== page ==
Perhaps not a bad idea for many of us. Remember the roles of the different branches of the government. It's been quite a long time since my last civics class, but if I recall correctly, the Legislative Branch makes the laws and the Judicial Branch simply handles decisions and rulings on the enforcement of those laws.

If we want to criticize SCOTUS for their decisions, doesn't it make more sense to do it in regards to an incorrect or improper interpretation of the law? I'm not certain we saw that today. I'm not stunned with the decisions that were announced, I'm simply stunned with the idiotic laws that exist to begin with...
posted by NotMyselfRightNow at 11:40 AM on June 27, 2005


i hate Illinios Nazis the Supreme Court
posted by tsarfan at 11:47 AM on June 27, 2005


"The most important message from today's historic decision is that progress and innovation do not have to come at the expense of recording artists, songwriters and the people who make their living in the entertainment industry," Warner Music Group CEO Edgar Bronfman said in a statement. "This important decision will allow artists and the creative community to prosper side by side with the technology industry."

Remember when music CD's were like 20 to 30 dollars and the big secret was that it only cost them pennies to make? (Yes, yes don't tell me they were sued after. I NEVER GOT MY MONEY BACK!)
Then the technology went from the elite stage (expensive and not mass marketed) to the popular (inexpensive and widely available).
The value of what they are selling has dropped because technology advanced.
The control over the technology they used to rip us off is now in our hands.
"Boo Hoo for you record companies!" get another job and stop whining!
I'm paying 60$ to see a live show (and I'm getting exactly what I'm paying for "value" wise.
But I will never buy a CD again.
posted by indifferent at 11:52 AM on June 27, 2005


Cooper and Miller were subpoenaed and refused to testify, and thus were held in contempt. Novak did not refuse to testify.
posted by aaronetc at 11:54 AM on June 27, 2005


Thanks, aaronetc. So does that mean that Novak did reveal his source for the Plame leak to the grand jury?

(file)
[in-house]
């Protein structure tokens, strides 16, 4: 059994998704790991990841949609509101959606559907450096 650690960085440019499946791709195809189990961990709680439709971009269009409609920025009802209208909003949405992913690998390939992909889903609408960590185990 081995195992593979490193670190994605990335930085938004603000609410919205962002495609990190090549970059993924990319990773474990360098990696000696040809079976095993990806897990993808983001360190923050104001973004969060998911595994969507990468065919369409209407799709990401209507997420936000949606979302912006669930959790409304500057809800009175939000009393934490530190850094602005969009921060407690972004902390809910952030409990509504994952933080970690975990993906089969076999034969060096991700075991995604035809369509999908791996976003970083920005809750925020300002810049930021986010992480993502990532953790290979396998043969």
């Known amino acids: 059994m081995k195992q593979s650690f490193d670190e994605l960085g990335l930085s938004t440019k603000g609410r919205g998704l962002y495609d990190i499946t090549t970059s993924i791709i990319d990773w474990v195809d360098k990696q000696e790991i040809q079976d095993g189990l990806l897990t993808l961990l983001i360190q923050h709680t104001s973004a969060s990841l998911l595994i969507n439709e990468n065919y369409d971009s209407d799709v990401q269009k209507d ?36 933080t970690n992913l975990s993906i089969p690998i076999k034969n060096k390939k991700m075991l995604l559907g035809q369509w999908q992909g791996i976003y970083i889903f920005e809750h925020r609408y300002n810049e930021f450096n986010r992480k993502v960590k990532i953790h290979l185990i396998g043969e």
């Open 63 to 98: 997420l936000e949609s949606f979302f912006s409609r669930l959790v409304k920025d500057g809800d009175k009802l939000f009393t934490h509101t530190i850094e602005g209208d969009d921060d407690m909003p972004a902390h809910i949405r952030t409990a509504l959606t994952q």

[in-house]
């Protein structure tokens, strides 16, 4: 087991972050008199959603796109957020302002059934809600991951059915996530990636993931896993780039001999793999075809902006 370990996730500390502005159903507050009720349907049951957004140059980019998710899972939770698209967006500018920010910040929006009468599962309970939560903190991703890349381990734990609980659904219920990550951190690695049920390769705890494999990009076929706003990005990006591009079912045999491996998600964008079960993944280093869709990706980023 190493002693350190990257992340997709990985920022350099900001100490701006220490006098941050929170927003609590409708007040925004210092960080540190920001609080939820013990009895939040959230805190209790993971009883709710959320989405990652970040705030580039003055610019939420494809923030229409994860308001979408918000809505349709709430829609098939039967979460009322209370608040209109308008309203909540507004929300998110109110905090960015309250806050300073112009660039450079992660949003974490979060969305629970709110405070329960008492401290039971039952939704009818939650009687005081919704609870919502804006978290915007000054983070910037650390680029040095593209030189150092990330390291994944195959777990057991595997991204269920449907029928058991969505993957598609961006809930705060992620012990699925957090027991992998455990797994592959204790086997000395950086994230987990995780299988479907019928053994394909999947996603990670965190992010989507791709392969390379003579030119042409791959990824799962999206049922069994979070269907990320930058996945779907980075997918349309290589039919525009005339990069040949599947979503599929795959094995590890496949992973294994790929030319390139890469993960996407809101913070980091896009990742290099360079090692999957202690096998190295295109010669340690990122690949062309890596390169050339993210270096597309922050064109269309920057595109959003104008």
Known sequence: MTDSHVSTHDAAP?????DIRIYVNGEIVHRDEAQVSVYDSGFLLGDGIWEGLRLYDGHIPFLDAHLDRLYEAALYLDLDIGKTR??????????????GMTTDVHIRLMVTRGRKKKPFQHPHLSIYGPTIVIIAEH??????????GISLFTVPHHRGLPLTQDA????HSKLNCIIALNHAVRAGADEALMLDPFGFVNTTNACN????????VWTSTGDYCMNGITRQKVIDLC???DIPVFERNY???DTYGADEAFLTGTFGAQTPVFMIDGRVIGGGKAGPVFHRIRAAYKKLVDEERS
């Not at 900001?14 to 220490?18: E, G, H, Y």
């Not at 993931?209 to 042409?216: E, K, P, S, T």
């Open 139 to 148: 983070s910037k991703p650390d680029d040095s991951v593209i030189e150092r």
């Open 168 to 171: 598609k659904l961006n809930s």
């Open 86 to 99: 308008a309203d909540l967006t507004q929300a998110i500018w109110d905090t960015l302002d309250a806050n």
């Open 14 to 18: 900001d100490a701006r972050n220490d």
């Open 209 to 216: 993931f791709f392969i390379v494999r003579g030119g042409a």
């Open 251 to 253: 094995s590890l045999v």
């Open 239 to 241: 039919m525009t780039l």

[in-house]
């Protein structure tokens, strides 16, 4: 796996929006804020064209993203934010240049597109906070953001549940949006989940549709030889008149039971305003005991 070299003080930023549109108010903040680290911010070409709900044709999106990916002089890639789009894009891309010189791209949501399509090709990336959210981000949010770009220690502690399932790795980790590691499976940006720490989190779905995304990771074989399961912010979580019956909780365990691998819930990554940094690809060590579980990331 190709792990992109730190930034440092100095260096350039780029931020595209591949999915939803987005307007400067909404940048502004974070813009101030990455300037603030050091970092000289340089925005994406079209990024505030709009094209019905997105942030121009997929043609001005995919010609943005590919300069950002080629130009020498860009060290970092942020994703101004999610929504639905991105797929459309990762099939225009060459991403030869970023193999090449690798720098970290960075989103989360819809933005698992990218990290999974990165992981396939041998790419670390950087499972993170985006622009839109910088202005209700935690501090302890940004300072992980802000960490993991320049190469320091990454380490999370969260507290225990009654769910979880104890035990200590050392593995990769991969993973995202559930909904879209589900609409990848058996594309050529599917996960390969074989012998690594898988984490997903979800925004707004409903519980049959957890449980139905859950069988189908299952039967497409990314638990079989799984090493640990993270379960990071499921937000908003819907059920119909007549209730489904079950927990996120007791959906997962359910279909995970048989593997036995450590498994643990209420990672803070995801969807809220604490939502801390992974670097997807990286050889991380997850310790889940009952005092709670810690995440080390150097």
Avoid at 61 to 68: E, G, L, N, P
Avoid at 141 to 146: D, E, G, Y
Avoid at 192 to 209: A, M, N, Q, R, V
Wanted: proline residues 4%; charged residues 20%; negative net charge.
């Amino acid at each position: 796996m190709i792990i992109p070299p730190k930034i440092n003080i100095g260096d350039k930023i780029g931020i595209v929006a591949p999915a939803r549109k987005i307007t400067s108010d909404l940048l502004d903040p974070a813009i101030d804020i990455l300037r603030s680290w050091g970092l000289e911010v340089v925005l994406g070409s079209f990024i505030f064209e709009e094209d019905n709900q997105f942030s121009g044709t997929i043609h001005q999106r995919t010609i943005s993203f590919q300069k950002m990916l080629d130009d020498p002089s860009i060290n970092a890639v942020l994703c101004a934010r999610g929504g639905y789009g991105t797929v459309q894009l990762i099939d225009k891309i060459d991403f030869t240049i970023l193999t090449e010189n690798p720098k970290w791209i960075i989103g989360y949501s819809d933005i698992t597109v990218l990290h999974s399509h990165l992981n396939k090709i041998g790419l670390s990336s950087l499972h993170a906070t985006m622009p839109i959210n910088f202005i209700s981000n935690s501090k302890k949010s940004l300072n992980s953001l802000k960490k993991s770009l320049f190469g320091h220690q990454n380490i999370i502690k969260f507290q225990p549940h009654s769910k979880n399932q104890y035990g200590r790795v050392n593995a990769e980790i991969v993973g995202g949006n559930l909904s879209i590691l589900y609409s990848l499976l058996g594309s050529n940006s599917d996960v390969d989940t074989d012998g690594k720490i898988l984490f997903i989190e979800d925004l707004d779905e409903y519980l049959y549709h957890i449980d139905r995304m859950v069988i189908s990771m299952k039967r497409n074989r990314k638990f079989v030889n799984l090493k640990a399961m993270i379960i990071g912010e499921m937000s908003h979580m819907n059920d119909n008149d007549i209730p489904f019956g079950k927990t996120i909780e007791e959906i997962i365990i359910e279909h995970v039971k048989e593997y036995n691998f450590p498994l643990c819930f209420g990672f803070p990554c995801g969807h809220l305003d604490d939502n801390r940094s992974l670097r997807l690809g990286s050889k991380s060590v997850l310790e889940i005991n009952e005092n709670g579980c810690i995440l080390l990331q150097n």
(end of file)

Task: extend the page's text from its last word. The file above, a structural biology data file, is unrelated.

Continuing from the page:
posted by Fuzzy Monster at 12:35 PM on June 27, 2005


All the RIAA shills called into Talk of the Nation pretending to be normal people happy about the verdict. It was disgusting.
posted by keswick at 12:42 PM on June 27, 2005


AFAIK, Novak's status -- whether he was subpeonaed, whether he took the stand, whether he named names -- is still under seal.
posted by aaronetc at 12:44 PM on June 27, 2005


Novak squealed like the pig he is, people are saying.
posted by amberglow at 12:48 PM on June 27, 2005


I figure who leaked what will trickle down to We The People one of these days: "Hey, did you hear who leaked Plame's identity to Bob Novak? Turns it out it was MARK FELT!"
posted by Fuzzy Monster at 12:55 PM on June 27, 2005


The Ten Commandments jurisprudence is (in my opinion) on more or less the right track. There was no good reason, other than outright and unreasonable hostility at Christianity, for the Texas case and other sorts of displays.

*eagerly awaits MattD's defense against attacks on my papier-mache homage to Zarathustra outside my local county courthouse as "unreasonable hostility toward Zoroastrianism"*

I find I agree with it, but as a person who has to read opinions constantly, it is impressive for its clarity and thoroughness.

we get it, you're a conservative jerkweed lawyer with his tongue up Scalia's barnhole. for the love of Zuul, say something interesting.
posted by Hat Maui at 1:18 PM on June 27, 2005


Ok, so after reading the opinion, I gotta say I agree with the Supreme Court. Also, regarding BitTorrent, it seems to me he is doubly safe because there is no searching mechanism built into the program. To download a torrent you have to know where one is, which means that the folks who'll get smacked down are the ones hosting torrents of copyrighted material and not the author of BitTorrent.

However, Edgar Bronfman's comment irks me a bit. The Sups admit that MGM would be justified if they decided to go after damages, though they admit it would be hard to determine a number because of the nature of the P2P networks, but who will their damages go to? The judges themselves point to the fact that there is no record of what was downloaded when and that it's not possible to track.

So would these big media companies award all of their artists the same amount of money? (I can't imagine that being more than a few cents for each artist.) Or would they split it between all of the corporate entities with the individual artists receiving no compensation because they can't determine to whom it should be divvied out? What do the artists gain from either of these scenarios? Nothing, is what I say.

If the big recording companies manage to completely stamp out illegal downloads, then the artists who will supposedly "prosper side by side with the technology industry" will probably lose even more because there is a large percentage of non-CD buying, lazy internet users out there who will never hear their music and subsequently not go see them play live.